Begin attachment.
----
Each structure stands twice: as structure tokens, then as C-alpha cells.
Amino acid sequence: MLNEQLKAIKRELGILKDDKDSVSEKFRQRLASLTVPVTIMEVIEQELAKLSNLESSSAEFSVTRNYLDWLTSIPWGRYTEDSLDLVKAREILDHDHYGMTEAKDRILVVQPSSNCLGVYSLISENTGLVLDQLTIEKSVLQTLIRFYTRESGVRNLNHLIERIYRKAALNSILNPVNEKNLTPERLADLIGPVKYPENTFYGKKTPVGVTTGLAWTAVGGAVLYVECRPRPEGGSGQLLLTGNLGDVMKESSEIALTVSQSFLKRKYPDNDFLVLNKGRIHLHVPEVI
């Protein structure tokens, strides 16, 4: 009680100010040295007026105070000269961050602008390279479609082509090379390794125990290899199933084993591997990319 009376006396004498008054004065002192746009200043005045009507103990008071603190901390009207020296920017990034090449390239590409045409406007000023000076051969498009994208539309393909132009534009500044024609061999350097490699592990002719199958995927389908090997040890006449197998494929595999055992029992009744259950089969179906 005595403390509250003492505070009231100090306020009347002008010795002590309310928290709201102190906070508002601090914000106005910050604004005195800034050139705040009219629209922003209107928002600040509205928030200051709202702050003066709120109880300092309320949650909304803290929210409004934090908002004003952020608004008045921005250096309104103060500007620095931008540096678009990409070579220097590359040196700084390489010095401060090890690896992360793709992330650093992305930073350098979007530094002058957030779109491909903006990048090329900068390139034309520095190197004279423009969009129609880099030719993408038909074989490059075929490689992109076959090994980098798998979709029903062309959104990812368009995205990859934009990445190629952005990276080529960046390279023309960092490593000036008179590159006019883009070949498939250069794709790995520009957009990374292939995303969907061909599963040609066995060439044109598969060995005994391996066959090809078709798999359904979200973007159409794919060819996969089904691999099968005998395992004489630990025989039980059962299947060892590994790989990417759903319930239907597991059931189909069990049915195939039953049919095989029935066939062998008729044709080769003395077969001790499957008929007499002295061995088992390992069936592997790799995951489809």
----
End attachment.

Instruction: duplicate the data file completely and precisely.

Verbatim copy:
Each structure stands twice: as structure tokens, then as C-alpha cells.
Amino acid sequence: MLNEQLKAIKRELGILKDDKDSVSEKFRQRLASLTVPVTIMEVIEQELAKLSNLESSSAEFSVTRNYLDWLTSIPWGRYTEDSLDLVKAREILDHDHYGMTEAKDRILVVQPSSNCLGVYSLISENTGLVLDQLTIEKSVLQTLIRFYTRESGVRNLNHLIERIYRKAALNSILNPVNEKNLTPERLADLIGPVKYPENTFYGKKTPVGVTTGLAWTAVGGAVLYVECRPRPEGGSGQLLLTGNLGDVMKESSEIALTVSQSFLKRKYPDNDFLVLNKGRIHLHVPEVI
């Protein structure tokens, strides 16, 4: 009680100010040295007026105070000269961050602008390279479609082509090379390794125990290899199933084993591997990319 009376006396004498008054004065002192746009200043005045009507103990008071603190901390009207020296920017990034090449390239590409045409406007000023000076051969498009994208539309393909132009534009500044024609061999350097490699592990002719199958995927389908090997040890006449197998494929595999055992029992009744259950089969179906 005595403390509250003492505070009231100090306020009347002008010795002590309310928290709201102190906070508002601090914000106005910050604004005195800034050139705040009219629209922003209107928002600040509205928030200051709202702050003066709120109880300092309320949650909304803290929210409004934090908002004003952020608004008045921005250096309104103060500007620095931008540096678009990409070579220097590359040196700084390489010095401060090890690896992360793709992330650093992305930073350098979007530094002058957030779109491909903006990048090329900068390139034309520095190197004279423009969009129609880099030719993408038909074989490059075929490689992109076959090994980098798998979709029903062309959104990812368009995205990859934009990445190629952005990276080529960046390279023309960092490593000036008179590159006019883009070949498939250069794709790995520009957009990374292939995303969907061909599963040609066995060439044109598969060995005994391996066959090809078709798999359904979200973007159409794919060819996969089904691999099968005998395992004489630990025989039980059962299947060892590994790989990417759903319930239907597991059931189909069990049915195939039953049919095989029935066939062998008729044709080769003395077969001790499957008929007499002295061995088992390992069936592997790799995951489809």